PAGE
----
>> Monday, February 26, 2007
Whoever told you CD-i didn't have any original titles? Cd-i hosted a lot of conversions from other systems but a good eye will catch quite a few beauties on CD-i that people forgot about. Like Max Magic, an interactive magic kit for CD-i, starring Maxx, one of the greatest CD-i characters in my view with the highest personality. A look inside the studio who created Maxx: Animation & Effects.
With Maxx you can perform magic tricks on television. It may sound weird, but it works out pretty well. The main scene shows the room of Maxx where you can find several tricks. Click the highlighted object and Maxx will explain what the trick is about. Here Maxx will actually perform the trick FOR you, interacting with you by touching the television, remembering numbers and more.
Maxx is personal. He is the most deep character CD-i has ever known. First, he knows my name. He even speaks my name, using a list of names common in the USA. Every name is recorded with Maxx his voice, which gives it a nice touch. Even more interesting, Maxx always has something different to say. It's worth just to start the disc to have a chat with Maxx. This is the first title that actually uses the internal clock of the CD-i. You'll notice as Maxx wants to sleep at night. If you start the disc at night, you'll find Maxx sleeping. Ofcourse he wakes up, mumbling: "You know it's passed my bedtime, Bas!"
After trying out some stuff it is remarkable how funny Maxx really is. His tricks are all full of jokes and the character animation is so very suitable. It seems he likes to cooperate the most in the morning, saying me hello with: "Glad to see you, Bas, let's do some MAGIC!". These sentences I will always remember as the best bits of Max Magic. If you haven't played the game for a couple of weeks, Maxx goes like: "It's been a long time, Bas, I hope I didn't forget any tricks!" During the tricks, sometimes Maxx seem to forget what he has to do, and tricks sometimes even go wrong. That happens a lot when you are going to perform a trick WITH him. That's right, you can prepare a trick with him, and start a show to perform the trick to the public. The trick is both presented by Maxx and you, and if you play the game well it's really like you two are interacting.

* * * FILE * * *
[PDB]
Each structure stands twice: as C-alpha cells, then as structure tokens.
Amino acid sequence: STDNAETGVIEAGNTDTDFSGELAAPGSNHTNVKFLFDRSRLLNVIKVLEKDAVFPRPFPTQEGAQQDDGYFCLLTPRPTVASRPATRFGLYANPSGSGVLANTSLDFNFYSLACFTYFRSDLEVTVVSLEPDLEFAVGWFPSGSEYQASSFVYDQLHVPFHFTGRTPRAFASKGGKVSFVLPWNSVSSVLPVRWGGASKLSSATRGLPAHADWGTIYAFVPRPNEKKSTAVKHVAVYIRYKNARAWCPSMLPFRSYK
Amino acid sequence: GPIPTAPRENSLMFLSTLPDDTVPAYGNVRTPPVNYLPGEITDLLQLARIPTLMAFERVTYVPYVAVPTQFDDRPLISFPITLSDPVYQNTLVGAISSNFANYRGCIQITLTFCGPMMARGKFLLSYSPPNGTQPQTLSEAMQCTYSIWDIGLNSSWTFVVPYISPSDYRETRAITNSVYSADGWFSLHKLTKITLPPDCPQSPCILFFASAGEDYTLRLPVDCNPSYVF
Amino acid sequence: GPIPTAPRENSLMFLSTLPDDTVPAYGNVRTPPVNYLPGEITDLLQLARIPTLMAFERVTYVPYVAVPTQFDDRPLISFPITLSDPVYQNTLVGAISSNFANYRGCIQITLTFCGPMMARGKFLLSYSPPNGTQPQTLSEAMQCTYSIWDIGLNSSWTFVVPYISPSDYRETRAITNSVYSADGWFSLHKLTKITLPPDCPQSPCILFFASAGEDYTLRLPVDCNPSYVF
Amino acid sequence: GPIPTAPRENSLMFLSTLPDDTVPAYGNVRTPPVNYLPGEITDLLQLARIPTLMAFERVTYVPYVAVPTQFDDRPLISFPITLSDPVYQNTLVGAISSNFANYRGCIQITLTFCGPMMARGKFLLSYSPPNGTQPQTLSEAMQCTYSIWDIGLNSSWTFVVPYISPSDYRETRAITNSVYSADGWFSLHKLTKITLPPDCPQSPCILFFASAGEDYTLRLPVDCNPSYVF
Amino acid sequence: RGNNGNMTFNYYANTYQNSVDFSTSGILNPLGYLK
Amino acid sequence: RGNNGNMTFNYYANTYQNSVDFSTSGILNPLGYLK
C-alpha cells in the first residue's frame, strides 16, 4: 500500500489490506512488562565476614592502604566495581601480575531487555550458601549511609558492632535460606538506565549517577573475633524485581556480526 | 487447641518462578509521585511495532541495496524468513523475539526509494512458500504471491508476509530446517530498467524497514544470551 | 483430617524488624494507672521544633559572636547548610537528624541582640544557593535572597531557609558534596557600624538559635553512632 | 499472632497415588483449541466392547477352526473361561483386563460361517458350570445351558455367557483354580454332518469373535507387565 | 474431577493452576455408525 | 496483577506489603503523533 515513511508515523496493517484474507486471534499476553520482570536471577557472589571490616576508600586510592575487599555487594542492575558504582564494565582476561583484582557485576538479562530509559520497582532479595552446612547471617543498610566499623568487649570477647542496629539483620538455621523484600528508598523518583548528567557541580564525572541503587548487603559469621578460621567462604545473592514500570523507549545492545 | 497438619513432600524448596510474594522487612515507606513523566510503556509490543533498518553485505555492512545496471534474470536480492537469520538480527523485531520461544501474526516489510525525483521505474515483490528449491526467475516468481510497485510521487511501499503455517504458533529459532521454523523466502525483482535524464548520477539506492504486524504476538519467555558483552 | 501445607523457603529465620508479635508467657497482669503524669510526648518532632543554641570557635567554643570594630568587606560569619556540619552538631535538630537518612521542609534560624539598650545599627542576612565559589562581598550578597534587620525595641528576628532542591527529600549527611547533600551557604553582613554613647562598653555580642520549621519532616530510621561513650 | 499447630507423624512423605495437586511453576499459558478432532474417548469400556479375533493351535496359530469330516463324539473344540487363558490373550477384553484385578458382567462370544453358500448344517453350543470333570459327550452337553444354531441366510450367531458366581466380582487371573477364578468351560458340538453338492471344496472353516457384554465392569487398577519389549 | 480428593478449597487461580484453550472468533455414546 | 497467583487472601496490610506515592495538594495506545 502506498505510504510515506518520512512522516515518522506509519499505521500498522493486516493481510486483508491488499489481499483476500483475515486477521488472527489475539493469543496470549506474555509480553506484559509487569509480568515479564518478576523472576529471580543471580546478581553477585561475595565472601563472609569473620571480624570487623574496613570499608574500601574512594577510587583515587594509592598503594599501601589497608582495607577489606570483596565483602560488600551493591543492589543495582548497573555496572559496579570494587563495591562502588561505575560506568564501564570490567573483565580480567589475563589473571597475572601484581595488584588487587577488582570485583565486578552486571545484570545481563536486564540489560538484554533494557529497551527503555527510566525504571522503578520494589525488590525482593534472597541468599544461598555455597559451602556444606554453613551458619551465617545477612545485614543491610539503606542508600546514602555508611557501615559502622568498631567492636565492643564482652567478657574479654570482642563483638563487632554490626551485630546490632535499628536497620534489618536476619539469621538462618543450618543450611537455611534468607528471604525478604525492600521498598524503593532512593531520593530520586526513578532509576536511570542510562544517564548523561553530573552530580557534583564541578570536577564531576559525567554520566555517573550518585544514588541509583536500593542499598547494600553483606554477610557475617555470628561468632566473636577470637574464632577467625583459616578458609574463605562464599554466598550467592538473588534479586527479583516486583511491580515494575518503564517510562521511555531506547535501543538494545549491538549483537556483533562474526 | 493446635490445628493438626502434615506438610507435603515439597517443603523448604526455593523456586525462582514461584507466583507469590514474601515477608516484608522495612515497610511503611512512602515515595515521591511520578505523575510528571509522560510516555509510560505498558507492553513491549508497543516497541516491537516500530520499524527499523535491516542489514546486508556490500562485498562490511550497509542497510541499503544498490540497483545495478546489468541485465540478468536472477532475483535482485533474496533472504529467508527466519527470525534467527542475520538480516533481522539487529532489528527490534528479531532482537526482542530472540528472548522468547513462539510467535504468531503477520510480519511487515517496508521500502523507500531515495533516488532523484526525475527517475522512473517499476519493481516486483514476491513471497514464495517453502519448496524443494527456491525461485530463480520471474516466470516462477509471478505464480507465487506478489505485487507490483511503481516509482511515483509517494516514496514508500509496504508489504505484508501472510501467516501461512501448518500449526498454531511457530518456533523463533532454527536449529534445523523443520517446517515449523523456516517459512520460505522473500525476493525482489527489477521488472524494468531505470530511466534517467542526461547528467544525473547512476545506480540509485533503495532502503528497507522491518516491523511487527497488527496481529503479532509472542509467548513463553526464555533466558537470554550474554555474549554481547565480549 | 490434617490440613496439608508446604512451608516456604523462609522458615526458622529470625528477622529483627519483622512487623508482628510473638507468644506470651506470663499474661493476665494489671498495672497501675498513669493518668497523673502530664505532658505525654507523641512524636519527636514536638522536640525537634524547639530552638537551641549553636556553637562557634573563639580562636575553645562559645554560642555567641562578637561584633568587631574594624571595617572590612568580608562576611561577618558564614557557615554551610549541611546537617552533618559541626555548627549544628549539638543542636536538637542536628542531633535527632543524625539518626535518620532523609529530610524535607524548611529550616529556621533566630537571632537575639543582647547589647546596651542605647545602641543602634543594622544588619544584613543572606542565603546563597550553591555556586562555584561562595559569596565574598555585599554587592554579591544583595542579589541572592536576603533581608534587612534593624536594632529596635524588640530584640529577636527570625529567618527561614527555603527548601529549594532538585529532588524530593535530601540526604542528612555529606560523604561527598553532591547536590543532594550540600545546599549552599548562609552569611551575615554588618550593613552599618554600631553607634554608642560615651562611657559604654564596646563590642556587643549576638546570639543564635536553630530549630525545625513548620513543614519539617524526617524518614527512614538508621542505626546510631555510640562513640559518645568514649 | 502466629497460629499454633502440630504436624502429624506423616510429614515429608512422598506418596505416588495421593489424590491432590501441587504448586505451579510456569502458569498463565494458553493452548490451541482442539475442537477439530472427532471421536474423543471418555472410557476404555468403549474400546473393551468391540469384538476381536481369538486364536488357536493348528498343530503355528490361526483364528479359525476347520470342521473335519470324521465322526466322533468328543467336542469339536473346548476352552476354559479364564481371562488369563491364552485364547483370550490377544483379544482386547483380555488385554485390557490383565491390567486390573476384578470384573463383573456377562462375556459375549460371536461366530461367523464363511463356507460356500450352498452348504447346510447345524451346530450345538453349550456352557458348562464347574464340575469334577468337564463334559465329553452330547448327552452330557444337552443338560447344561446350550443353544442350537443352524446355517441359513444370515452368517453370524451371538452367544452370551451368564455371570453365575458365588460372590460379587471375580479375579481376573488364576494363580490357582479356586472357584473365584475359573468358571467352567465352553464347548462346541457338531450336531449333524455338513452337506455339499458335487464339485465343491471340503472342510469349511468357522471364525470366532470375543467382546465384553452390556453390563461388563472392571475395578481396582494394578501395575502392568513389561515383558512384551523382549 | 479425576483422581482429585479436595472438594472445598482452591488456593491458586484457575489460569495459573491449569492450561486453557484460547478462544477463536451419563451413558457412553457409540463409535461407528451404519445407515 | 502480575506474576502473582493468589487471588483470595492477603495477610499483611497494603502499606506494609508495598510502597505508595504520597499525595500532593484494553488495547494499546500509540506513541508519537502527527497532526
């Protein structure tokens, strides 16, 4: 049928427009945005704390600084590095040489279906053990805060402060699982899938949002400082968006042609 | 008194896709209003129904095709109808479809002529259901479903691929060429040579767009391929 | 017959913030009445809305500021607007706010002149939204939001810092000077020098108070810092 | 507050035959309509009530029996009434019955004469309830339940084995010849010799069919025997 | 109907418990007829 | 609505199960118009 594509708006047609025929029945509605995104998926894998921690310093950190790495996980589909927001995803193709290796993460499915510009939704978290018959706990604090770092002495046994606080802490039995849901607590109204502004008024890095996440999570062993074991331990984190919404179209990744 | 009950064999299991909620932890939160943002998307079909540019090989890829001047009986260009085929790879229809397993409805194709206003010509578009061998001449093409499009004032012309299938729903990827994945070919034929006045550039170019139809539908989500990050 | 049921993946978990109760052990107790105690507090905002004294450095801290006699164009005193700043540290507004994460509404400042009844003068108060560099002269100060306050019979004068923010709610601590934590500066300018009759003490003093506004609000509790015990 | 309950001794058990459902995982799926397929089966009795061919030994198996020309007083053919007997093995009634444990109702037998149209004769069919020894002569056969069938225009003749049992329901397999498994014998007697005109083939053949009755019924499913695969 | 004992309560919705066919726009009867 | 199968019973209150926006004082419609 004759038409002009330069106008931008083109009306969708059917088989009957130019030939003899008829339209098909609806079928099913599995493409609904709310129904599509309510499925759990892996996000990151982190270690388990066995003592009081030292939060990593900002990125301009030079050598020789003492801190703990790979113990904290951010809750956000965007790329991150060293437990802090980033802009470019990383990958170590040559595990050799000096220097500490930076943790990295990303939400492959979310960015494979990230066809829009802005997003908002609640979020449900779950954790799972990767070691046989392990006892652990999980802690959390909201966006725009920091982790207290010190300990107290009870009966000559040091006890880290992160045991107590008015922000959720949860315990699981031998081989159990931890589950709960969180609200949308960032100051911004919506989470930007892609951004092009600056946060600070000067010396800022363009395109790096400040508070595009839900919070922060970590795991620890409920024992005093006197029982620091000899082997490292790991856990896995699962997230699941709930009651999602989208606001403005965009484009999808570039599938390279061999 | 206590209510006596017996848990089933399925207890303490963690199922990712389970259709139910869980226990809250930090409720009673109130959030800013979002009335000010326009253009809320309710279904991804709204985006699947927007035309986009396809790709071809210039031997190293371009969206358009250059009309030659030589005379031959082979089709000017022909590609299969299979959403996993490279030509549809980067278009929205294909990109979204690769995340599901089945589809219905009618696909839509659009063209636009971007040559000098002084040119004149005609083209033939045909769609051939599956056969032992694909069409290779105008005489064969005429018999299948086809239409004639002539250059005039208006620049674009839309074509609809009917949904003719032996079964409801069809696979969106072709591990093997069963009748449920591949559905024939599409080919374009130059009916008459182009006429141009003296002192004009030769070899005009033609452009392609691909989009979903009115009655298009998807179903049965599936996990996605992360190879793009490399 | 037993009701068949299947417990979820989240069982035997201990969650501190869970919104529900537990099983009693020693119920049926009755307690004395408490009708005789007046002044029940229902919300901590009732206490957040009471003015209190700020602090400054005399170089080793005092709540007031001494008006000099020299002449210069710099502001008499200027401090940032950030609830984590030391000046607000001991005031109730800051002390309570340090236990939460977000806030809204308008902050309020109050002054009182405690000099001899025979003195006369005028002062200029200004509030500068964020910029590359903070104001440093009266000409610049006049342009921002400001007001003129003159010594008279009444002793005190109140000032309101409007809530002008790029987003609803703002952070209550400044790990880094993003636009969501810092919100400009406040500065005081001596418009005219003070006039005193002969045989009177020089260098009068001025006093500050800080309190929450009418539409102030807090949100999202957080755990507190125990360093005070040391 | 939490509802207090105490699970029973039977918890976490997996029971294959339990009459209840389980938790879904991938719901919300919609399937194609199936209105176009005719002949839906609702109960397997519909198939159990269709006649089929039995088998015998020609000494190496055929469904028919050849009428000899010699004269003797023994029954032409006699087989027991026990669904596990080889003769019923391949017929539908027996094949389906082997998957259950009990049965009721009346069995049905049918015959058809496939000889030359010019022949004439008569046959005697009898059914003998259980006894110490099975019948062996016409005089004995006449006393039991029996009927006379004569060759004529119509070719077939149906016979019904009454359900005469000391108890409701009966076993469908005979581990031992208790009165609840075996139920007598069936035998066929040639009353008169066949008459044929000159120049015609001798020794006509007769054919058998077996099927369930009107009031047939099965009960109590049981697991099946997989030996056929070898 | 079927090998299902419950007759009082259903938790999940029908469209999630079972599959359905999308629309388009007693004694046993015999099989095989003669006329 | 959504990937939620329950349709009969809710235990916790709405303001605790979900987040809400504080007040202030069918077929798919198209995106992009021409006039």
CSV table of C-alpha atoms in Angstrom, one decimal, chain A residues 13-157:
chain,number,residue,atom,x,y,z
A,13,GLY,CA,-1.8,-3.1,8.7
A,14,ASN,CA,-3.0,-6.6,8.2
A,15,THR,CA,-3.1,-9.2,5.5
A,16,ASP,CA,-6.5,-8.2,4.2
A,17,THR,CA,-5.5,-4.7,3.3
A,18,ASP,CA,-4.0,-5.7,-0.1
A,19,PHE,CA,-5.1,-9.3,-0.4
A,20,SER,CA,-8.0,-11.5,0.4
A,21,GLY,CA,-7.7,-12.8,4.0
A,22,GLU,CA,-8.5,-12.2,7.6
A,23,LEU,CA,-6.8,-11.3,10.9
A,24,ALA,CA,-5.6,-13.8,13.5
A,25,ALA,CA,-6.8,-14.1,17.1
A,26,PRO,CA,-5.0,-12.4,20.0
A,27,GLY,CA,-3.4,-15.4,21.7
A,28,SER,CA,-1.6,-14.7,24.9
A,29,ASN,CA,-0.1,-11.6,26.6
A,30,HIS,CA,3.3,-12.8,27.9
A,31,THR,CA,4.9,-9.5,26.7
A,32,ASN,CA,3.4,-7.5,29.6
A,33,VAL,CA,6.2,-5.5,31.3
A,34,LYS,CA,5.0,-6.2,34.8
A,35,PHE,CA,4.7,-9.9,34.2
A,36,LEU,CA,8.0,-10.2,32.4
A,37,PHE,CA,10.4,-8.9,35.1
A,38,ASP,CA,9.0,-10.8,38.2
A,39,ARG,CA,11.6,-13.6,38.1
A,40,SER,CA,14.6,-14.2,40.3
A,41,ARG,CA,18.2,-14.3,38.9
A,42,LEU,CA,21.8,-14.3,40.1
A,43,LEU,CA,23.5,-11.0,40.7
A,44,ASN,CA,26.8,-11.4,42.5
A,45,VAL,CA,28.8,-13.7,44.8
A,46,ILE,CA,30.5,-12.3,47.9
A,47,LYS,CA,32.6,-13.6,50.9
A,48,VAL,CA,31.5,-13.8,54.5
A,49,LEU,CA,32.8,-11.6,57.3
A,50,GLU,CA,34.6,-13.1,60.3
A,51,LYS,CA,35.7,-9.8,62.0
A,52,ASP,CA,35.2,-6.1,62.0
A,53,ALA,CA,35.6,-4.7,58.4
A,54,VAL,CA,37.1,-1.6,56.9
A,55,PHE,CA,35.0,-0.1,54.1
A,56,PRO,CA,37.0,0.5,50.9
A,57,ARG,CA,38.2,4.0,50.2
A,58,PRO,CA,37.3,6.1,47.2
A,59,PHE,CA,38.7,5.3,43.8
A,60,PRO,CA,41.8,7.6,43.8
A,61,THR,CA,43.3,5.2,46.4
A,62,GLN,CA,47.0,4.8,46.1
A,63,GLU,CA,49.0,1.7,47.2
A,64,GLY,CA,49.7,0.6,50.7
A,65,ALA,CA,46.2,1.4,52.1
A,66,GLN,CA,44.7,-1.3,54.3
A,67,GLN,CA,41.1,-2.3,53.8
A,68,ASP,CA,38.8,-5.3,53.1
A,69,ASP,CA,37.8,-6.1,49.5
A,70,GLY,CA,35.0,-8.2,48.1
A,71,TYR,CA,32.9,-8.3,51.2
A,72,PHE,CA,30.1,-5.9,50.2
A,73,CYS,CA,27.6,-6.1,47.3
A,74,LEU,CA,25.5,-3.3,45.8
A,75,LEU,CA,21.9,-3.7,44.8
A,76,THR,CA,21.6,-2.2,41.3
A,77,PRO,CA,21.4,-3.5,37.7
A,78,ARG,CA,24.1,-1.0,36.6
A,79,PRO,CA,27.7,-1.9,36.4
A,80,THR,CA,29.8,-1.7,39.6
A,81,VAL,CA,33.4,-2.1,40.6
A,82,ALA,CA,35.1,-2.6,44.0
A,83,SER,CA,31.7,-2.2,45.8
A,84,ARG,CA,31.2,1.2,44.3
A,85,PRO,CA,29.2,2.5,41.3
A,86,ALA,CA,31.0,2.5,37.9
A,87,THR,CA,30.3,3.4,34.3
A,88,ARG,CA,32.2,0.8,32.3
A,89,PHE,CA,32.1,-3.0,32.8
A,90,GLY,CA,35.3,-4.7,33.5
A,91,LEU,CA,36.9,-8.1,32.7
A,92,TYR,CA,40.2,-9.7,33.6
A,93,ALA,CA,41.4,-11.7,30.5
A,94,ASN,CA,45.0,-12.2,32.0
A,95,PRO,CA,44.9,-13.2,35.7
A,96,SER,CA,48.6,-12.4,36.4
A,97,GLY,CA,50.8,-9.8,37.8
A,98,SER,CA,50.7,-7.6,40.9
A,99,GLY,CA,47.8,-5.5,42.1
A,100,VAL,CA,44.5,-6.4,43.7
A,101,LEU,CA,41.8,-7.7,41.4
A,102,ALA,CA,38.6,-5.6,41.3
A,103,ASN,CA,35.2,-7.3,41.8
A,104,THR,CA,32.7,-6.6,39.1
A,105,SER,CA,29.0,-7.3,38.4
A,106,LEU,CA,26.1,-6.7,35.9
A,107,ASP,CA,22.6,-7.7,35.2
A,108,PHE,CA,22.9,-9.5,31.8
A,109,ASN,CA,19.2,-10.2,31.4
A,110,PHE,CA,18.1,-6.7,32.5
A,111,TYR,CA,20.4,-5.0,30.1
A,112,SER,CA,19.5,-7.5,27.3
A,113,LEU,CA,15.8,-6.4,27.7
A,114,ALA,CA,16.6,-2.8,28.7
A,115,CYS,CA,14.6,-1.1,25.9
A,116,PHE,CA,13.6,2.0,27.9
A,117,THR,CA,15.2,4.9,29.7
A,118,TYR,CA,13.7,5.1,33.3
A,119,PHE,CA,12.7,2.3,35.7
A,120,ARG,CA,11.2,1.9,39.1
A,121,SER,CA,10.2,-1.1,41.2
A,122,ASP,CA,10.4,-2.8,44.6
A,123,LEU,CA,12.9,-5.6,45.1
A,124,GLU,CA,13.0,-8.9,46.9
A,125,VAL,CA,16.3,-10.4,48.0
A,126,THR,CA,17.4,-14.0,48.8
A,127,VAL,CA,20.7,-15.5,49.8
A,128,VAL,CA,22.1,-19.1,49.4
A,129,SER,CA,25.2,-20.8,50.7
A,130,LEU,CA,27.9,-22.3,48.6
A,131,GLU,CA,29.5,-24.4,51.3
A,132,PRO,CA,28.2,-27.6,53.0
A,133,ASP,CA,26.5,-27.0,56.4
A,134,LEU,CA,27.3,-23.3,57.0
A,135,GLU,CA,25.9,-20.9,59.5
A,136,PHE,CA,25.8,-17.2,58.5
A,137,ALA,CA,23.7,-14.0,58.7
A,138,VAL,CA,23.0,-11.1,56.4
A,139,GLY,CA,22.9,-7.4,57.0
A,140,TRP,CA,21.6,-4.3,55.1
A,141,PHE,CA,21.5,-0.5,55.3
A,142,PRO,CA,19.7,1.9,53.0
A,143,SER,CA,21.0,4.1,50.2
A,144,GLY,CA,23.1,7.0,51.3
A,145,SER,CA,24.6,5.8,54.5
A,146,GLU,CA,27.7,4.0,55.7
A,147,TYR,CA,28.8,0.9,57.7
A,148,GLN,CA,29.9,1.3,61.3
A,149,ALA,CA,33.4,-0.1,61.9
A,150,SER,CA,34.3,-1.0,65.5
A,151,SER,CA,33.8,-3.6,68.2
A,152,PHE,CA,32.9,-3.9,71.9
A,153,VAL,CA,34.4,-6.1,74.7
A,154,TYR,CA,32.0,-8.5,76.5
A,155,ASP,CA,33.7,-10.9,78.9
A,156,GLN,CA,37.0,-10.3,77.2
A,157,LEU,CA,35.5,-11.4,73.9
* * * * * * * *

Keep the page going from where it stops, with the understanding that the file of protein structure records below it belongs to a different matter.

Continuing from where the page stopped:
The game was produced by PF Magic. We know PF Magic from the prototype release of Jack Sprite: The Crimson Ghost. Maxx is a robot actually, designed by Animation & Effects. "Maxx" performs magic tricks with the player in this P.F. Magic game. "Animation & Effects" designed and created all character animation assets and the environments for the character. The goal was to create over 3000 branching points of animation so that the character's performance could happen on the fly. To achieve the required precision, they designed and built an animatronic magician robot that they shot using motion control.
I told it before, I love Maxx. It's another gem on CD-i almost nobody knows about. Unfortunately this is partly due to the fact Max Magic was only released in the USA. Nowadays, PF Magic is part of Ubisoft and they are responsible for the Dogz and Catz games (=Nintendogs rip-offs). Andrew from PF Magic: "Before Petz I worked on an Philips CD-I title (talk about a long lost format!) called Max Magic (1994), my first industry project. Max Magic had even more explicit fusion than Petz. You, the player, bring your family and friends into the living room to gather around the television, and then stand next to the television itself, side-by-side with your performance partner, the on-screen character Max Magic, a mechanical magician who kind of looks like “Zoltan” from the movie Big. You use a mixture of rehearsed performance and real props (e.g., a deck regular playing cards) to perform up to 14 magic tricks for the audience, replete with music and witty banter. Max calls you by your real name (a feature we’re also implementing in Facade). You send the occasional cue and signal to Max via a remote control joystick, the standard interface for the CD-I player. The experience includes a rehearsal mode, in which with no one in the room but you and Max (a magician never reveals their secrets!) you rehearse the tricks together. There was no printed instruction manual or computer-esque menus; all rehearsals and performance were done “naturally”. By the way, both Max Magic and Petz were originally conceived by the creative director of the company, PF.Magic, I worked for — Rob Fulop. This “fusion” design principle I initially learned from Rob, and got further developed and reinforced for me working with fellow designer Adam Frank and others at PF.Magic."